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UN REPORT 17. 07. 2017.   >>  15:47 0


Terrorism casualties number grows in Afghanistan

The long war in Afghanistan continues to set records for civilian casualties, the United Nations mission in the country said on Monday, even as the violence is expected to intensify in the coming months with no hope of peace talks anytime soon.

In the first six months of 2017, 1,662 civilians were killed, a 2 percent increase from what had been a record in the same period last year, the mission reported. An additional 3,581 civilians were wounded.

While Kabul, the capital, had the most casualties because of a few enormous bombings, civilians in the countryside have also suffered in large numbers, with casualties increasing in 15 of the country’s 34 provinces. The report documented a 23 percent rise in the number of women killed.

“The human cost of this ugly war in Afghanistan — loss of life, destruction and immense suffering — is far too high,” said Tadamichi Yamamoto, the United Nations secretary general’s special representative for Afghanistan. “The continued use of indiscriminate, disproportionate and illegal I.E.D. devices by antigovernment elements is particularly appalling and must immediately stop,” he said, using an abbreviation for homemade bombs.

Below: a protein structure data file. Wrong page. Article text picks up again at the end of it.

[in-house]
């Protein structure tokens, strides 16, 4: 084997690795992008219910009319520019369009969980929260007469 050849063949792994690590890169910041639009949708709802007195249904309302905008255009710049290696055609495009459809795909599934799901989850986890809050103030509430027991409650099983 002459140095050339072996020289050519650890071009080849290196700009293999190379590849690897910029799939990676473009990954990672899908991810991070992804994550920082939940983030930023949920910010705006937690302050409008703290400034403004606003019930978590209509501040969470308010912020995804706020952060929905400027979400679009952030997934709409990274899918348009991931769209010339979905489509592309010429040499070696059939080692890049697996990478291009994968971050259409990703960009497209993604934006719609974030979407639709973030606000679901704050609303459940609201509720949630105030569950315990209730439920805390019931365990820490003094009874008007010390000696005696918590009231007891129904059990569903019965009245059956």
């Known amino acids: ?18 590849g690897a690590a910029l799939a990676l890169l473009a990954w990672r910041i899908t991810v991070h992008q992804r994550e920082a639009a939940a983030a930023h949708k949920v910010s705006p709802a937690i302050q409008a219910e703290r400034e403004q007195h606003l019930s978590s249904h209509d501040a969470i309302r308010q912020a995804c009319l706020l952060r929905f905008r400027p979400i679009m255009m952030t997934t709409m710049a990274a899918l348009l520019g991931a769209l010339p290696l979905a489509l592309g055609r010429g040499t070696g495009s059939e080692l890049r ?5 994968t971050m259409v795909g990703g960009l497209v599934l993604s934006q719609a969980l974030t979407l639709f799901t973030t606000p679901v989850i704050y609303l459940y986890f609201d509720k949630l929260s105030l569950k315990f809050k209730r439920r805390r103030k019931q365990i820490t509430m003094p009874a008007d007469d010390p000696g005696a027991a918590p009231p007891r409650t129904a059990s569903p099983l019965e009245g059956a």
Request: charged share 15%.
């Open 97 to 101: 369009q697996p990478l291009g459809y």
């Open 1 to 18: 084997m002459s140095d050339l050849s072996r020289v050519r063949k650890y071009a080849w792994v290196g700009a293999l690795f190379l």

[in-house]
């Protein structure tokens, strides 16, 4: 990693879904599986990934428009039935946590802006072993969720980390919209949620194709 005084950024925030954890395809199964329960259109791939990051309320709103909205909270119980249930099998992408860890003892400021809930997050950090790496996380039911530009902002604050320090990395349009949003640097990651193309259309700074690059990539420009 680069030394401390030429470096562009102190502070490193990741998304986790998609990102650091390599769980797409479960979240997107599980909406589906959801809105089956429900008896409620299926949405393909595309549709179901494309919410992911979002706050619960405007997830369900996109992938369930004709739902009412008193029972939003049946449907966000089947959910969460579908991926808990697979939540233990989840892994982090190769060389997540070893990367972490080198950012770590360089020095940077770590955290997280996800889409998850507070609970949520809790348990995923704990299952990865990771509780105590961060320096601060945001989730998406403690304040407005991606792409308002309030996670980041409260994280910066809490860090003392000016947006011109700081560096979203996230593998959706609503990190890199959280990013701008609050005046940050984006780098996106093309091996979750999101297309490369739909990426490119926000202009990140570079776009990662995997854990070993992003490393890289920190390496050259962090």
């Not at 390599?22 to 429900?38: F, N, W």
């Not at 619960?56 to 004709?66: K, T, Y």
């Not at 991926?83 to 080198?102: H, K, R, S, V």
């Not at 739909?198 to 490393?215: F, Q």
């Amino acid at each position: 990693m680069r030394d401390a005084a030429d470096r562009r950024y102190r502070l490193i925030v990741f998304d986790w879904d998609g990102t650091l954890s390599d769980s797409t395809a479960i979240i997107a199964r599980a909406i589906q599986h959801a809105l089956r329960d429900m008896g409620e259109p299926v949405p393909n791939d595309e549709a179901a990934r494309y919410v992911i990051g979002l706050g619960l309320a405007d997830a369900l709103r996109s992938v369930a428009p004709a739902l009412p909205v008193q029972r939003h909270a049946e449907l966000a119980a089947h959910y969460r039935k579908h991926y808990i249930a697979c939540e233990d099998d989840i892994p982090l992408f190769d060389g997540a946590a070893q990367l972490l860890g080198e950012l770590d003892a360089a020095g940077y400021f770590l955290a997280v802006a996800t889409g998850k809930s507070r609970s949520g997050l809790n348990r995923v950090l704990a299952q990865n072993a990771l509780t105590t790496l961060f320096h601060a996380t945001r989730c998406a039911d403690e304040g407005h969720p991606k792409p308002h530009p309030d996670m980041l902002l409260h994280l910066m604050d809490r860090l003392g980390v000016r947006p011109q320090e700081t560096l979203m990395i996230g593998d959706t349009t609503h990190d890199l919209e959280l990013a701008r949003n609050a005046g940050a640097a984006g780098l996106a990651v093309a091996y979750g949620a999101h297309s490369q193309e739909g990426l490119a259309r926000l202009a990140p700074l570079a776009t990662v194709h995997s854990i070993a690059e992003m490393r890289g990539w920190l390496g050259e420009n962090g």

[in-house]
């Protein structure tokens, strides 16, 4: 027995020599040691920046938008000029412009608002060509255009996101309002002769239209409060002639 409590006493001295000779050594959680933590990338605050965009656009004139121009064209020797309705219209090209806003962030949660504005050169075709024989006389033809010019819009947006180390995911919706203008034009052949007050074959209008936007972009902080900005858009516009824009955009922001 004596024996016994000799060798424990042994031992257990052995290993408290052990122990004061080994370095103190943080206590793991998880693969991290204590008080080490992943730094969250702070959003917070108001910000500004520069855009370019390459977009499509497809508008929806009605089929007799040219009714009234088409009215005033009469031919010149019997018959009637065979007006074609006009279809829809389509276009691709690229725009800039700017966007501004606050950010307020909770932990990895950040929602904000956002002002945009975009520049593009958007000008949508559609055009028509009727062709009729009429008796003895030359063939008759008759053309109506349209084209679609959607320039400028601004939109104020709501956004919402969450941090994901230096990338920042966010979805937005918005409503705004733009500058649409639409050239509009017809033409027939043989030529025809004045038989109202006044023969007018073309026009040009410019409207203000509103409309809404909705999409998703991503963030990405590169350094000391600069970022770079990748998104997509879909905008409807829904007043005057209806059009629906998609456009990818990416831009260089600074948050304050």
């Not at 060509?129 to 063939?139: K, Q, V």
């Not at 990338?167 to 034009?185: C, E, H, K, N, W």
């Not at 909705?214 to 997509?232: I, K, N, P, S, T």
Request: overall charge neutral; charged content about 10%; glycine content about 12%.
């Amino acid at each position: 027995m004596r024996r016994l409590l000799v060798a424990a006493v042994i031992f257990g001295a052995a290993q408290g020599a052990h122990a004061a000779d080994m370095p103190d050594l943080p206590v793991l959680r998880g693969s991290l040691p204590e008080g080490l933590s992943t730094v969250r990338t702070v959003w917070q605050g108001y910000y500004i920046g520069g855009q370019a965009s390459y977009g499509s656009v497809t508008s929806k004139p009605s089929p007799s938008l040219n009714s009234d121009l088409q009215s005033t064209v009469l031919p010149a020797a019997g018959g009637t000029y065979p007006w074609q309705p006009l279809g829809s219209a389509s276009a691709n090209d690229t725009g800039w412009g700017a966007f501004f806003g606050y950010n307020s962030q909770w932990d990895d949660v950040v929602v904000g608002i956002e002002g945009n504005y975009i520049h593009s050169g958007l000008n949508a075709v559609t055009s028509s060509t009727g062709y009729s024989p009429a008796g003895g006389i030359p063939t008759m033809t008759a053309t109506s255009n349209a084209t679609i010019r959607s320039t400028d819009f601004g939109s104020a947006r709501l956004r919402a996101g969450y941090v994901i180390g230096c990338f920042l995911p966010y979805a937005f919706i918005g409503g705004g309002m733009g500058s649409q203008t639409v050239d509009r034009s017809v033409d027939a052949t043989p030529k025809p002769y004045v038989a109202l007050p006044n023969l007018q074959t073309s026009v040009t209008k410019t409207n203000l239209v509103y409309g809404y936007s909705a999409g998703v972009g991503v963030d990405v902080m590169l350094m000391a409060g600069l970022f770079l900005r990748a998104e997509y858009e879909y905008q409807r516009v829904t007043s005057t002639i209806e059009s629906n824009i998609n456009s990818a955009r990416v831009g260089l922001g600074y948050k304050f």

The United Nations says 26,500 civilians have been killed in the war and 49,000 others injured since 2009, the year the mission started systematically recording casualties.

The report commended government forces for reducing civilian casualties from ground engagements, including indiscriminate firing of mortars and other heavy weapons in civilian areas. In the meantime, it said, casualties caused by the insurgents’ use of homemade bombs had only increased. Roughly 40 percent of all civilian casualties — 596 deaths and 1,483 injuries — resulted from the insurgents’ use of such explosives, including suicide bombs and pressure-plate devices, the report said.

The Taliban rejected the report in a statement, calling it one-sided and politically motivated.

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